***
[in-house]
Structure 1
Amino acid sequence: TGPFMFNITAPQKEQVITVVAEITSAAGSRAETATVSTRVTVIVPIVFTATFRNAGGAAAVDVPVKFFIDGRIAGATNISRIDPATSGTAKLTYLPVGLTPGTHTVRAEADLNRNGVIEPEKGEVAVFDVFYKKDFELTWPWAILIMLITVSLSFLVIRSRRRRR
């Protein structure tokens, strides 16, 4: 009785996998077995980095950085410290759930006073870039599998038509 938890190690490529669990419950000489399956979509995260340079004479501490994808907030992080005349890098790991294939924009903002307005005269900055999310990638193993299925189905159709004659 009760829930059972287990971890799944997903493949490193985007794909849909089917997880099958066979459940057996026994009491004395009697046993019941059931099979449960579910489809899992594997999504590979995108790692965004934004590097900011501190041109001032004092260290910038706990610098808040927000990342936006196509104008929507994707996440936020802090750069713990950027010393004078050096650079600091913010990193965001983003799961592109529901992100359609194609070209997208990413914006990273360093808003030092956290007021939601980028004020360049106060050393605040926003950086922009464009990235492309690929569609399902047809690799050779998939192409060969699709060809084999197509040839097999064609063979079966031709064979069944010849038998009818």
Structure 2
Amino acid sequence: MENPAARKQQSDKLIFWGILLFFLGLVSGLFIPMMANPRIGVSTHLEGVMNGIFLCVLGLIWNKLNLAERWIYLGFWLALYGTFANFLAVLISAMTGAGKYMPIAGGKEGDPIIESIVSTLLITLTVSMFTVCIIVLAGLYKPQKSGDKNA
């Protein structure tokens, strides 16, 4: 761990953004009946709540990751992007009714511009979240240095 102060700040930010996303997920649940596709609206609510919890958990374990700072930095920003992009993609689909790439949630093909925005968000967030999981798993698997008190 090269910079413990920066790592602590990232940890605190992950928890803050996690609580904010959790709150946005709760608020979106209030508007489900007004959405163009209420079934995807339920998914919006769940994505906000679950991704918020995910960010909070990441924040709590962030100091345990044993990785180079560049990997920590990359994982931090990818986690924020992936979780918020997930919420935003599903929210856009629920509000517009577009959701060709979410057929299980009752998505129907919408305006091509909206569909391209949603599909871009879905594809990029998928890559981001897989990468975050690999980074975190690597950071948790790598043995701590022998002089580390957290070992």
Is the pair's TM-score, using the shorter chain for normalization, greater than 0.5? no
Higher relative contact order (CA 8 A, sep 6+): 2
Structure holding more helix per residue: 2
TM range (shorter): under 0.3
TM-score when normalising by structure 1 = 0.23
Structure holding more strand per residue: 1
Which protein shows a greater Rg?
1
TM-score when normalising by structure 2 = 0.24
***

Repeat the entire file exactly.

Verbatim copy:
[in-house]
Structure 1
Amino acid sequence: TGPFMFNITAPQKEQVITVVAEITSAAGSRAETATVSTRVTVIVPIVFTATFRNAGGAAAVDVPVKFFIDGRIAGATNISRIDPATSGTAKLTYLPVGLTPGTHTVRAEADLNRNGVIEPEKGEVAVFDVFYKKDFELTWPWAILIMLITVSLSFLVIRSRRRRR
């Protein structure tokens, strides 16, 4: 009785996998077995980095950085410290759930006073870039599998038509 938890190690490529669990419950000489399956979509995260340079004479501490994808907030992080005349890098790991294939924009903002307005005269900055999310990638193993299925189905159709004659 009760829930059972287990971890799944997903493949490193985007794909849909089917997880099958066979459940057996026994009491004395009697046993019941059931099979449960579910489809899992594997999504590979995108790692965004934004590097900011501190041109001032004092260290910038706990610098808040927000990342936006196509104008929507994707996440936020802090750069713990950027010393004078050096650079600091913010990193965001983003799961592109529901992100359609194609070209997208990413914006990273360093808003030092956290007021939601980028004020360049106060050393605040926003950086922009464009990235492309690929569609399902047809690799050779998939192409060969699709060809084999197509040839097999064609063979079966031709064979069944010849038998009818």
Structure 2
Amino acid sequence: MENPAARKQQSDKLIFWGILLFFLGLVSGLFIPMMANPRIGVSTHLEGVMNGIFLCVLGLIWNKLNLAERWIYLGFWLALYGTFANFLAVLISAMTGAGKYMPIAGGKEGDPIIESIVSTLLITLTVSMFTVCIIVLAGLYKPQKSGDKNA
């Protein structure tokens, strides 16, 4: 761990953004009946709540990751992007009714511009979240240095 102060700040930010996303997920649940596709609206609510919890958990374990700072930095920003992009993609689909790439949630093909925005968000967030999981798993698997008190 090269910079413990920066790592602590990232940890605190992950928890803050996690609580904010959790709150946005709760608020979106209030508007489900007004959405163009209420079934995807339920998914919006769940994505906000679950991704918020995910960010909070990441924040709590962030100091345990044993990785180079560049990997920590990359994982931090990818986690924020992936979780918020997930919420935003599903929210856009629920509000517009577009959701060709979410057929299980009752998505129907919408305006091509909206569909391209949603599909871009879905594809990029998928890559981001897989990468975050690999980074975190690597950071948790790598043995701590022998002089580390957290070992």
Is the pair's TM-score, using the shorter chain for normalization, greater than 0.5? no
Higher relative contact order (CA 8 A, sep 6+): 2
Structure holding more helix per residue: 2
TM range (shorter): under 0.3
TM-score when normalising by structure 1 = 0.23
Structure holding more strand per residue: 1
Which protein shows a greater Rg?
1
TM-score when normalising by structure 2 = 0.24